Nested Kriging predictions for datasets with a large number of observations
- 586 Downloads
This work falls within the context of predicting the value of a real function at some input locations given a limited number of observations of this function. The Kriging interpolation technique (or Gaussian process regression) is often considered to tackle such a problem, but the method suffers from its computational burden when the number of observation points is large. We introduce in this article nested Kriging predictors which are constructed by aggregating sub-models based on subsets of observation points. This approach is proven to have better theoretical properties than other aggregation methods that can be found in the literature. Contrarily to some other methods it can be shown that the proposed aggregation method is consistent. Finally, the practical interest of the proposed method is illustrated on simulated datasets and on an industrial test case with \(10^4\) observations in a 6-dimensional space.
KeywordsGaussian process regression Big data Aggregation methods Best linear unbiased predictor Spatial processes
Part of this research was conducted within the frame of the Chair in Applied Mathematics OQUAIDO, gathering partners in technological research (BRGM, CEA, IFPEN, IRSN, Safran, Storengy) and academia (Ecole Centrale de Lyon, Mines Saint-Etienne, University of Grenoble, University of Nice, University of Toulouse and CNRS) around advanced methods for Computer Experiments. The authors would like to warmly thank Dr. Géraud Blatman and EDF R&D for providing us the industrial test case. They also thank both editor and reviewers for very precise and constructive comments on this paper. This paper has been finished during a stay of D. Rullière at Vietnam Institute for Advanced Study in Mathematics, the latter author thanks the VIASM institute and DAMI research chair (Data Analytics & Models for Insurance) for their support.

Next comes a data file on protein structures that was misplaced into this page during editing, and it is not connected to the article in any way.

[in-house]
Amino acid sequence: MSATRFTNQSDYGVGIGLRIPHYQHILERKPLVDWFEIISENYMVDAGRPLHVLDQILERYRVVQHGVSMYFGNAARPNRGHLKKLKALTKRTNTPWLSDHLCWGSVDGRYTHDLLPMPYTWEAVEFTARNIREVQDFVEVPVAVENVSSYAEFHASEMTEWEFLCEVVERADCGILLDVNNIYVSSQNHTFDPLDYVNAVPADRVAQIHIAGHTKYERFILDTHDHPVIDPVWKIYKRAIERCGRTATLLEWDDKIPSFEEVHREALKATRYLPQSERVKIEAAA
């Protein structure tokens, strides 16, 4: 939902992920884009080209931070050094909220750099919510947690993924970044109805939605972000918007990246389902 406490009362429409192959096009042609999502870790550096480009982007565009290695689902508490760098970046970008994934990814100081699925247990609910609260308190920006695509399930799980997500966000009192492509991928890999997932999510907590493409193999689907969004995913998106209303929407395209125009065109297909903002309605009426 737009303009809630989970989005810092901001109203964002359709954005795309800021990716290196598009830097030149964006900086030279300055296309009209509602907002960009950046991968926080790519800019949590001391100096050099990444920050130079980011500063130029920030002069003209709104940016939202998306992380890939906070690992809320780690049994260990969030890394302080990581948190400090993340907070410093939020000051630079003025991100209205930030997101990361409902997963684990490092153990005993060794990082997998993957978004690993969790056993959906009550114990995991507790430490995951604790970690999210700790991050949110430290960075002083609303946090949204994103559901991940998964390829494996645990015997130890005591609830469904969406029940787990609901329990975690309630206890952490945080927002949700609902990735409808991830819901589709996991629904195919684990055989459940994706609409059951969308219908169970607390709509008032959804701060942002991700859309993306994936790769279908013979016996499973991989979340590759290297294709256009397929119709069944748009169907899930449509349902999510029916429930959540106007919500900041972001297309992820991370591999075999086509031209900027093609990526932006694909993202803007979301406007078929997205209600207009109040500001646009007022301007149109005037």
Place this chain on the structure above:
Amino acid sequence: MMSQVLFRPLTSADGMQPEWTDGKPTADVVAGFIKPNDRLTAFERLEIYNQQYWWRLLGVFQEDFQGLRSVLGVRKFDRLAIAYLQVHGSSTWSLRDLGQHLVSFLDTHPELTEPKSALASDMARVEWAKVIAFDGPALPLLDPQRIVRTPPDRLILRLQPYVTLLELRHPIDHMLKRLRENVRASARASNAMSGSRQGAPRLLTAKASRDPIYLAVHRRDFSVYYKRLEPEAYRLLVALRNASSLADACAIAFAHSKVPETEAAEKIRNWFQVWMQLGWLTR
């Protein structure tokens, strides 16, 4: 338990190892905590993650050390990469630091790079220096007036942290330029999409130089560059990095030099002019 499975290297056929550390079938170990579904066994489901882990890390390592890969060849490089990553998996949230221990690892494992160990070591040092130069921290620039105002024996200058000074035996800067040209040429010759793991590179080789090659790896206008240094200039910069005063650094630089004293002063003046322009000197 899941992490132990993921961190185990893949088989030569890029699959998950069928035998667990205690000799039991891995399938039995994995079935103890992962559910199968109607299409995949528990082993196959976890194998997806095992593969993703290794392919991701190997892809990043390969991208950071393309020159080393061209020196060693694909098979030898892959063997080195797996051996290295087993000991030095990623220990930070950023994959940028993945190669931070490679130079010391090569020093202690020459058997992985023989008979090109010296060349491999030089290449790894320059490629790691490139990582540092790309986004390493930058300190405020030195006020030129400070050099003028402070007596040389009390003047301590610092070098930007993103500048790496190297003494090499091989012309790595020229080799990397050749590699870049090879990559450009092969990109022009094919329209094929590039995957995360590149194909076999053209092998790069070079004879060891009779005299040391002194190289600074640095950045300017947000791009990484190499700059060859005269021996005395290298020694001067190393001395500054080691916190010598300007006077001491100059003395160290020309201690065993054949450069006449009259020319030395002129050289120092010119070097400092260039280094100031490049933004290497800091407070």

- Bachoc, F., Durrande, N., Rullière, D., Chevalier, C.: Some properties of nested Kriging predictors. Technical report hal-01561747 (2017)Google Scholar
- Cao, Y., Fleet, D.J.: Generalized product of experts for automatic and principled fusion of Gaussian process predictions. arXiv preprint arXiv:1410.7827v2, CoRR, abs/1410.7827:1–5. Modern Nonparametrics 3: Automating the Learning Pipeline workshop at NIPS, Montreal (2014)
- Deisenroth, M.P., Ng, J.W.: Distributed Gaussian processes. In: Proceedings of the 32nd International Conference on Machine Learning, Lille, France. JMLR: W & CP vol. 37 (2015)Google Scholar
- Hensman, J., Fusi, N., Lawrence, N.D.: Gaussian Processes for Big Data. Uncertainty in Artificial Intelligence Conference. Paper Id 244 (2013)Google Scholar
- Nickson, T., Gunter, T., Lloyd, C., Osborne, M.A., Roberts, S.: Blitzkriging: Kronecker-structured stochastic Gaussian processes. arXiv preprint arXiv:1510.07965v2, pp 1–13 (2015)
- Roustant, O., Ginsbourger, D., Deville, Y.: DiceKriging, DiceOptim: two R packages for the analysis of computer experiments by Kriging-based metamodeling and optimization. J. Stat. Softw. 51(1), 1–55 (2012)Google Scholar
- Scott, S.L., Blocker, A.W., Bonassi, F.V., Chipman, H.A., George, E.I., McCulloch, R.E.: Bayes and big data: the consensus monte carlo algorithm. Int. J. Manag. Sci. Eng. Manag. 11(2), 78–88 (2016)Google Scholar
- Stein, M.L.: Interpolation of Spatial Data: Some Theory for Kriging. Springer, Berlin (2012)Google Scholar
- van Stein, B., Wang, H., Kowalczyk, W., Bäck, T., Emmerich, M.: Optimally weighted cluster Kriging for big data regression. In: International Symposium on Intelligent Data Analysis, pp. 310–321. Springer (2015)Google Scholar
- Zhang, B., Sang, H., Huang, J.Z.: Full-scale approximations of spatio-temporal covariance models for large datasets. Stat. Sinica 25(1), 99–114 (2015)Google Scholar